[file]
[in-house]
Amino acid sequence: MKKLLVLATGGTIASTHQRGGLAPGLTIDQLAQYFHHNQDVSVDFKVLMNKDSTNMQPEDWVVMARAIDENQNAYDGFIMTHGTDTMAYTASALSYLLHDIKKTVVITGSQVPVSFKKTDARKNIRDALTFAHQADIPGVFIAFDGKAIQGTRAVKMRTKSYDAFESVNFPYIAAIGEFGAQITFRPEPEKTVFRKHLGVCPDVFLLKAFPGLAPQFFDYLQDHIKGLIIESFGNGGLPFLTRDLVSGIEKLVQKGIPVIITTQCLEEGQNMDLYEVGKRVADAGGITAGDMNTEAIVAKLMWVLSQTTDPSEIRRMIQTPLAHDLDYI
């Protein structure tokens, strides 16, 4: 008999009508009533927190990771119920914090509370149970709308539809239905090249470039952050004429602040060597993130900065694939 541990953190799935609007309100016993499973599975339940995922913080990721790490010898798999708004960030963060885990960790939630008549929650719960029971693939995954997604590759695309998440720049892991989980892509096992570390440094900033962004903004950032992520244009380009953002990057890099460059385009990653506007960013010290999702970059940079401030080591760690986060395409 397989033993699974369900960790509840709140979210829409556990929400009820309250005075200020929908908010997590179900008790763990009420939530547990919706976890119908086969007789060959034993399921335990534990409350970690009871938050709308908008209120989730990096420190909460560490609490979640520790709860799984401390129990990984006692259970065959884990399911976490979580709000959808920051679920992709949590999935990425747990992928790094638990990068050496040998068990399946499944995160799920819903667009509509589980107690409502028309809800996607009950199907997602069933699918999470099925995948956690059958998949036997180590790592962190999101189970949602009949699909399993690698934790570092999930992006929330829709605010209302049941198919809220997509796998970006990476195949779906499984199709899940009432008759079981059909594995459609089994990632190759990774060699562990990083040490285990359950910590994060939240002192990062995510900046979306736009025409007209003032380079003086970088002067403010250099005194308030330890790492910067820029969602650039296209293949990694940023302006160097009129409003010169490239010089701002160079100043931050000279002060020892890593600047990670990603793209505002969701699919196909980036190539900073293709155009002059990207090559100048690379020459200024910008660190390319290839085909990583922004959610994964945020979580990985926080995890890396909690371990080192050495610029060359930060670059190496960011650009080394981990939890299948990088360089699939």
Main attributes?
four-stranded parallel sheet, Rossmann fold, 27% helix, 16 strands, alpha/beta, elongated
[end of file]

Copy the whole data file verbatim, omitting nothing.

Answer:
[in-house]
Amino acid sequence: MKKLLVLATGGTIASTHQRGGLAPGLTIDQLAQYFHHNQDVSVDFKVLMNKDSTNMQPEDWVVMARAIDENQNAYDGFIMTHGTDTMAYTASALSYLLHDIKKTVVITGSQVPVSFKKTDARKNIRDALTFAHQADIPGVFIAFDGKAIQGTRAVKMRTKSYDAFESVNFPYIAAIGEFGAQITFRPEPEKTVFRKHLGVCPDVFLLKAFPGLAPQFFDYLQDHIKGLIIESFGNGGLPFLTRDLVSGIEKLVQKGIPVIITTQCLEEGQNMDLYEVGKRVADAGGITAGDMNTEAIVAKLMWVLSQTTDPSEIRRMIQTPLAHDLDYI
């Protein structure tokens, strides 16, 4: 008999009508009533927190990771119920914090509370149970709308539809239905090249470039952050004429602040060597993130900065694939 541990953190799935609007309100016993499973599975339940995922913080990721790490010898798999708004960030963060885990960790939630008549929650719960029971693939995954997604590759695309998440720049892991989980892509096992570390440094900033962004903004950032992520244009380009953002990057890099460059385009990653506007960013010290999702970059940079401030080591760690986060395409 397989033993699974369900960790509840709140979210829409556990929400009820309250005075200020929908908010997590179900008790763990009420939530547990919706976890119908086969007789060959034993399921335990534990409350970690009871938050709308908008209120989730990096420190909460560490609490979640520790709860799984401390129990990984006692259970065959884990399911976490979580709000959808920051679920992709949590999935990425747990992928790094638990990068050496040998068990399946499944995160799920819903667009509509589980107690409502028309809800996607009950199907997602069933699918999470099925995948956690059958998949036997180590790592962190999101189970949602009949699909399993690698934790570092999930992006929330829709605010209302049941198919809220997509796998970006990476195949779906499984199709899940009432008759079981059909594995459609089994990632190759990774060699562990990083040490285990359950910590994060939240002192990062995510900046979306736009025409007209003032380079003086970088002067403010250099005194308030330890790492910067820029969602650039296209293949990694940023302006160097009129409003010169490239010089701002160079100043931050000279002060020892890593600047990670990603793209505002969701699919196909980036190539900073293709155009002059990207090559100048690379020459200024910008660190390319290839085909990583922004959610994964945020979580990985926080995890890396909690371990080192050495610029060359930060670059190496960011650009080394981990939890299948990088360089699939």
Main attributes?
four-stranded parallel sheet, Rossmann fold, 27% helix, 16 strands, alpha/beta, elongated